Acner.org: Acne treatment

Acner.org: Acne treatment

5 Causes of Acne

5 Causes of Acne 5 Causes of Acne 5 Causes of Acne

Acne is one of the most common skin diseases in the United States. In fact, approximately 40 to 50 million Americans are currently dealing with acne, according to statistics provided by the American Academy of Dermatology. Acne can range in severity from mild acne comedones, such as a blackhead, to severe inflammatory acne, such as an acne nodule. Acne is more common during your teenage years, but it can form at any time for a variety of reasons.

Sebum Oil

One of the main contributing factors to acne formation is a type of oil secreted by your skin called sebum. Sebum is produced by your sebaceous glands as a protective oil to help control the loss of moisture from the skin. Unfortunately, when too much sebum is present on the skin, it can combine with other substances, including bacteria and skin cells, to form small plugs in the follicles called comedones. Comedones are the first stage of acne formation.

Excessive Skin Shedding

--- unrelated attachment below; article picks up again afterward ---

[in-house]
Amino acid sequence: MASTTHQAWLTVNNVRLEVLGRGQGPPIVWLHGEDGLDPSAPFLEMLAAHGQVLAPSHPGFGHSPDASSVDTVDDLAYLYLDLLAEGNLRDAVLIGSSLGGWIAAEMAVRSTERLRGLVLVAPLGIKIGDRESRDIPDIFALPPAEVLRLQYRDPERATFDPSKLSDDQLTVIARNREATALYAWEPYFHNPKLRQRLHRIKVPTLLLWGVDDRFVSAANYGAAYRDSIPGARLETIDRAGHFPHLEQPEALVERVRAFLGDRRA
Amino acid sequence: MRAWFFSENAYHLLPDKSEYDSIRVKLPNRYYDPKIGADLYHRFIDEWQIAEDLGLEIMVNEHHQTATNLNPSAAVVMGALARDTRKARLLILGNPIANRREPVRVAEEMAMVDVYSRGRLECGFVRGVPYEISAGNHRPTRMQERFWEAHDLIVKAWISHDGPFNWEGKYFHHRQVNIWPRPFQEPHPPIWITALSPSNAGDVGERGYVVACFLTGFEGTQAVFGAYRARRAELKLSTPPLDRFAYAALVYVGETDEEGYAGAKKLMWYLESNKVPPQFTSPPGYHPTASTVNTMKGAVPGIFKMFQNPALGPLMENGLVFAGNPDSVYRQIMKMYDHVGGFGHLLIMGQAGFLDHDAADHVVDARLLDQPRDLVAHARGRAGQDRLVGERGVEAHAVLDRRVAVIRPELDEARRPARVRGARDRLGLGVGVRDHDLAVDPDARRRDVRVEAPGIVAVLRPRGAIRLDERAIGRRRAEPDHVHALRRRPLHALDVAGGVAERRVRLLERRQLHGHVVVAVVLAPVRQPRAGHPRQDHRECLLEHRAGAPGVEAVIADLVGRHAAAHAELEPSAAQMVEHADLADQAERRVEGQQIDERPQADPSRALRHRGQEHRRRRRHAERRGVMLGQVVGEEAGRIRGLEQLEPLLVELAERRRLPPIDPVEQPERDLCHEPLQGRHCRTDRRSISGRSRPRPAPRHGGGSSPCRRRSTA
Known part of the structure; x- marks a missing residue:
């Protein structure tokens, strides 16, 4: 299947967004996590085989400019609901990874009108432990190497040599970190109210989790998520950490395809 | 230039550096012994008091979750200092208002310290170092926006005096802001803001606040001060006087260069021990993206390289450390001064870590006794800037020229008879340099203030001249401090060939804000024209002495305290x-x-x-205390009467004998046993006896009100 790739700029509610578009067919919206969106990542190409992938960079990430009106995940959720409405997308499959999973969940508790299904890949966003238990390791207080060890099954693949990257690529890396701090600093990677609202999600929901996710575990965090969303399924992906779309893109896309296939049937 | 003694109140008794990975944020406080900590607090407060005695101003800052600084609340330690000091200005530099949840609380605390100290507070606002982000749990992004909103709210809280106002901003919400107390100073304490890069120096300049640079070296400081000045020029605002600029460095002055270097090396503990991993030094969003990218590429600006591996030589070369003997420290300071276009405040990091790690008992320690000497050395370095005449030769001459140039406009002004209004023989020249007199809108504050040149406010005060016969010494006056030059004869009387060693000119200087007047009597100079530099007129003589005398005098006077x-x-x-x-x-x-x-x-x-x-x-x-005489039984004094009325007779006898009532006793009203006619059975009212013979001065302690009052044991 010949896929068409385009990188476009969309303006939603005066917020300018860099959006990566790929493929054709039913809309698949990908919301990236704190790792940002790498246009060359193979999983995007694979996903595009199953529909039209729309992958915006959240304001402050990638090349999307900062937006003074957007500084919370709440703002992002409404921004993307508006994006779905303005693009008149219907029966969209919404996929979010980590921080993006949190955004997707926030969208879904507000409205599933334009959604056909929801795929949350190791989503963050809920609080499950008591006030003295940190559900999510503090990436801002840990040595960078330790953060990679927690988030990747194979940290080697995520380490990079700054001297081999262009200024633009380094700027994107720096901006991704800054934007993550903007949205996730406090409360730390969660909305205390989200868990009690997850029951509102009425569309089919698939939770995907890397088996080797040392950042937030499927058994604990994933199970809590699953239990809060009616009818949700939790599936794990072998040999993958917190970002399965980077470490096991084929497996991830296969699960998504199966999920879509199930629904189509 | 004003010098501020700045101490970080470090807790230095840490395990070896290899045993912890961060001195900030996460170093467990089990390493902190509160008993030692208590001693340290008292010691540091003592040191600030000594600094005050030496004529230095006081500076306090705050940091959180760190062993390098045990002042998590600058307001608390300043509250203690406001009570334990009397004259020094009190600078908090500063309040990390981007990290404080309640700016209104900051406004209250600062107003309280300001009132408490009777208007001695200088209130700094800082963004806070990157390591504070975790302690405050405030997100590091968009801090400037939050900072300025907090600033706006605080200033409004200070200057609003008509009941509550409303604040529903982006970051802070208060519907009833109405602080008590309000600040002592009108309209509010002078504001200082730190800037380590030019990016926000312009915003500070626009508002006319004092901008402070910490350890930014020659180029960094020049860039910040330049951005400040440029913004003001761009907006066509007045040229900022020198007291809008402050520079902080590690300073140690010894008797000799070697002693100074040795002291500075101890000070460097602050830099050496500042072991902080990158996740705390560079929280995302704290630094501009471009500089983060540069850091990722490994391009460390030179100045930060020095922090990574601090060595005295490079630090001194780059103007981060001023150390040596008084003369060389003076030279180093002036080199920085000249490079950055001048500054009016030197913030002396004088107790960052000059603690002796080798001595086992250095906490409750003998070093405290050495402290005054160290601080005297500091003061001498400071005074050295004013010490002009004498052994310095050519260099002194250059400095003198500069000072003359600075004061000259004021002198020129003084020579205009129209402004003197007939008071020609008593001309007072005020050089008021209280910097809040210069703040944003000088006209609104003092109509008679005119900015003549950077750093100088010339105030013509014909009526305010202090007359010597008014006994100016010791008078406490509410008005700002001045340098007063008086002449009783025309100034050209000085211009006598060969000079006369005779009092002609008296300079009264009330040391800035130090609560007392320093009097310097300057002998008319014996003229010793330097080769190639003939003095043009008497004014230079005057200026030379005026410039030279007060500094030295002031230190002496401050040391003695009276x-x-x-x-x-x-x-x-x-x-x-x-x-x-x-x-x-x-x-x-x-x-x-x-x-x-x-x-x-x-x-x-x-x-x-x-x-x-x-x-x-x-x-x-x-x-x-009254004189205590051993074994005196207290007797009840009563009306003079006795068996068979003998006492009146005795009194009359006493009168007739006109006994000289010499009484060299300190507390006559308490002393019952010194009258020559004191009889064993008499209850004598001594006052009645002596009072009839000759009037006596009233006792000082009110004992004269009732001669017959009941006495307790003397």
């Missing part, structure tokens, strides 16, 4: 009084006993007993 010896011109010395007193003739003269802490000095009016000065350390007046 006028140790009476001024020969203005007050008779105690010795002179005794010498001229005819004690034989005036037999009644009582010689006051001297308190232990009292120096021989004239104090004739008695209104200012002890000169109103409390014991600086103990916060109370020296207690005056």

When too many sloughed skin cells are present on the surface and follicles of the skin, acne can also form. The more skin cells available on the skin, the more material there is available to form acne comedones. Common causes for excess skin shedding include dandruff, dermatitis, eczema and psoriasis.

Puberty

Puberty is one of the most common causes of acne. As the body hits the age of puberty---which varies depending on the individual---an increase of androgen hormones occurs to facilitate the body's maturing process. Although androgens are male-specific hormones, such as testosterone, women also show an increase in androgens in lesser amounts, produced by the ovaries and adrenal glands. Androgens increase the production of sebum oil in the body, resulting in greater occurrences of acne.

Adult Hormonal Imbalance

Hormonal imbalances during your adult years can also cause problems with acne outbreaks. For example, during pregnancy your body increases the production of androgens to facilitate fetal development, resulting in an increase in acne, according to the National Women's Health Information Center. During menopause your body may once again become hormonally imbalanced, also resulting in higher androgen levels, which increases the production of sebum. For men, testosterone supplements or steroid use can cause hormonal imbalance that results in a greater number of acne outbreaks.

Bacteria

Bacteria can also play a role in acne development. As comedone plugs form on the skin, a type of bacteria known as Propionibacterium acne, or P. acnes, can colonize beneath the plug. As the bacteria thrive in the follicle, the body reacts by sending white blood cells to fight off the infection. As blood cells pile up, pus forms, which contributes to the development of more inflammatory forms of acne, such as acne cysts or pustules.

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